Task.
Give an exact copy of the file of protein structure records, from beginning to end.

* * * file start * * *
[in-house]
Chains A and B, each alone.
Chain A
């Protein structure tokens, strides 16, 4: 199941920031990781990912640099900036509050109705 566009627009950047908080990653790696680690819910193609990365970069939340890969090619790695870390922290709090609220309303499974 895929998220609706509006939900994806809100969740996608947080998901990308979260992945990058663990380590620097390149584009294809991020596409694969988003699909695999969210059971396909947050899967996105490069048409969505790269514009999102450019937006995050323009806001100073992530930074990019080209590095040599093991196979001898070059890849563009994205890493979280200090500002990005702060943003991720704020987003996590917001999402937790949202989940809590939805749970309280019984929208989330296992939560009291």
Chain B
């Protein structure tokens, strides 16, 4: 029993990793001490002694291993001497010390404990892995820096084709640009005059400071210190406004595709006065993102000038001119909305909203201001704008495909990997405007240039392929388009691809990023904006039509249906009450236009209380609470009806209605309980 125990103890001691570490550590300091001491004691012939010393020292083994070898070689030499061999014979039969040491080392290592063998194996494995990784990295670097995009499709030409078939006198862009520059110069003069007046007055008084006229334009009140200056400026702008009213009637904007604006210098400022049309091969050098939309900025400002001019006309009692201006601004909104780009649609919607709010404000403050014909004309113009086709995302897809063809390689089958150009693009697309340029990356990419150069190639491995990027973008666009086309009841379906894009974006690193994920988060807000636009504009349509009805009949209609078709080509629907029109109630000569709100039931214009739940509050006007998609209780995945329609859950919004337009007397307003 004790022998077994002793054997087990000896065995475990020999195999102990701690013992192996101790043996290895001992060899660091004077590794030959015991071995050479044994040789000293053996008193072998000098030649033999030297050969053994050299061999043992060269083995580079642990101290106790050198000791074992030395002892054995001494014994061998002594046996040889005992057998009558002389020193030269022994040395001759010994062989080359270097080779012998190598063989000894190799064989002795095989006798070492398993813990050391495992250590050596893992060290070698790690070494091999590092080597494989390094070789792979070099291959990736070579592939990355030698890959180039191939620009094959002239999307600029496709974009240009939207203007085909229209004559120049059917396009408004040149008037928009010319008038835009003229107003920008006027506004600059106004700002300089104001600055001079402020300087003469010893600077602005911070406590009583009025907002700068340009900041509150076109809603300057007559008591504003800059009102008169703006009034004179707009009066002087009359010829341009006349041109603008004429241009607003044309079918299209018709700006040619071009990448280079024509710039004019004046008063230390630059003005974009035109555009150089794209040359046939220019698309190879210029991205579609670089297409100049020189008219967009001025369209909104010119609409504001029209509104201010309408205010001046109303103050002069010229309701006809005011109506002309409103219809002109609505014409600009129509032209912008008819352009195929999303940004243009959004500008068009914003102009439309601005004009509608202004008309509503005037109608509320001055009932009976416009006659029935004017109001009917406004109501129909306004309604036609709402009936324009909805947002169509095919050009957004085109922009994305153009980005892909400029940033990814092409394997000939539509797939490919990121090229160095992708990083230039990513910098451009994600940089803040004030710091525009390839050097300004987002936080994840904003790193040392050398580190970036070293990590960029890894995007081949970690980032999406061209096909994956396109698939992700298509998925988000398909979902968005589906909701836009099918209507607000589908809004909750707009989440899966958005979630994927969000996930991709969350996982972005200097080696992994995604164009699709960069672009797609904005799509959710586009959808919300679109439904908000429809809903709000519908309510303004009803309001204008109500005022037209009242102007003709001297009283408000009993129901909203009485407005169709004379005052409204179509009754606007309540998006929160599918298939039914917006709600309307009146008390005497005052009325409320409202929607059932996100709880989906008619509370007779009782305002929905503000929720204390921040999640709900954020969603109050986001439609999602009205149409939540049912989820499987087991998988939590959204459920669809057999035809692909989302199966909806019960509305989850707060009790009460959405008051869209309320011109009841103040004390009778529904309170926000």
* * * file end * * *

[in-house]
Chains A and B, each alone.
Chain A
């Protein structure tokens, strides 16, 4: 199941920031990781990912640099900036509050109705 566009627009950047908080990653790696680690819910193609990365970069939340890969090619790695870390922290709090609220309303499974 895929998220609706509006939900994806809100969740996608947080998901990308979260992945990058663990380590620097390149584009294809991020596409694969988003699909695999969210059971396909947050899967996105490069048409969505790269514009999102450019937006995050323009806001100073992530930074990019080209590095040599093991196979001898070059890849563009994205890493979280200090500002990005702060943003991720704020987003996590917001999402937790949202989940809590939805749970309280019984929208989330296992939560009291």
Chain B
């Protein structure tokens, strides 16, 4: 029993990793001490002694291993001497010390404990892995820096084709640009005059400071210190406004595709006065993102000038001119909305909203201001704008495909990997405007240039392929388009691809990023904006039509249906009450236009209380609470009806209605309980 125990103890001691570490550590300091001491004691012939010393020292083994070898070689030499061999014979039969040491080392290592063998194996494995990784990295670097995009499709030409078939006198862009520059110069003069007046007055008084006229334009009140200056400026702008009213009637904007604006210098400022049309091969050098939309900025400002001019006309009692201006601004909104780009649609919607709010404000403050014909004309113009086709995302897809063809390689089958150009693009697309340029990356990419150069190639491995990027973008666009086309009841379906894009974006690193994920988060807000636009504009349509009805009949209609078709080509629907029109109630000569709100039931214009739940509050006007998609209780995945329609859950919004337009007397307003 004790022998077994002793054997087990000896065995475990020999195999102990701690013992192996101790043996290895001992060899660091004077590794030959015991071995050479044994040789000293053996008193072998000098030649033999030297050969053994050299061999043992060269083995580079642990101290106790050198000791074992030395002892054995001494014994061998002594046996040889005992057998009558002389020193030269022994040395001759010994062989080359270097080779012998190598063989000894190799064989002795095989006798070492398993813990050391495992250590050596893992060290070698790690070494091999590092080597494989390094070789792979070099291959990736070579592939990355030698890959180039191939620009094959002239999307600029496709974009240009939207203007085909229209004559120049059917396009408004040149008037928009010319008038835009003229107003920008006027506004600059106004700002300089104001600055001079402020300087003469010893600077602005911070406590009583009025907002700068340009900041509150076109809603300057007559008591504003800059009102008169703006009034004179707009009066002087009359010829341009006349041109603008004429241009607003044309079918299209018709700006040619071009990448280079024509710039004019004046008063230390630059003005974009035109555009150089794209040359046939220019698309190879210029991205579609670089297409100049020189008219967009001025369209909104010119609409504001029209509104201010309408205010001046109303103050002069010229309701006809005011109506002309409103219809002109609505014409600009129509032209912008008819352009195929999303940004243009959004500008068009914003102009439309601005004009509608202004008309509503005037109608509320001055009932009976416009006659029935004017109001009917406004109501129909306004309604036609709402009936324009909805947002169509095919050009957004085109922009994305153009980005892909400029940033990814092409394997000939539509797939490919990121090229160095992708990083230039990513910098451009994600940089803040004030710091525009390839050097300004987002936080994840904003790193040392050398580190970036070293990590960029890894995007081949970690980032999406061209096909994956396109698939992700298509998925988000398909979902968005589906909701836009099918209507607000589908809004909750707009989440899966958005979630994927969000996930991709969350996982972005200097080696992994995604164009699709960069672009797609904005799509959710586009959808919300679109439904908000429809809903709000519908309510303004009803309001204008109500005022037209009242102007003709001297009283408000009993129901909203009485407005169709004379005052409204179509009754606007309540998006929160599918298939039914917006709600309307009146008390005497005052009325409320409202929607059932996100709880989906008619509370007779009782305002929905503000929720204390921040999640709900954020969603109050986001439609999602009205149409939540049912989820499987087991998988939590959204459920669809057999035809692909989302199966909806019960509305989850707060009790009460959405008051869209309320011109009841103040004390009778529904309170926000």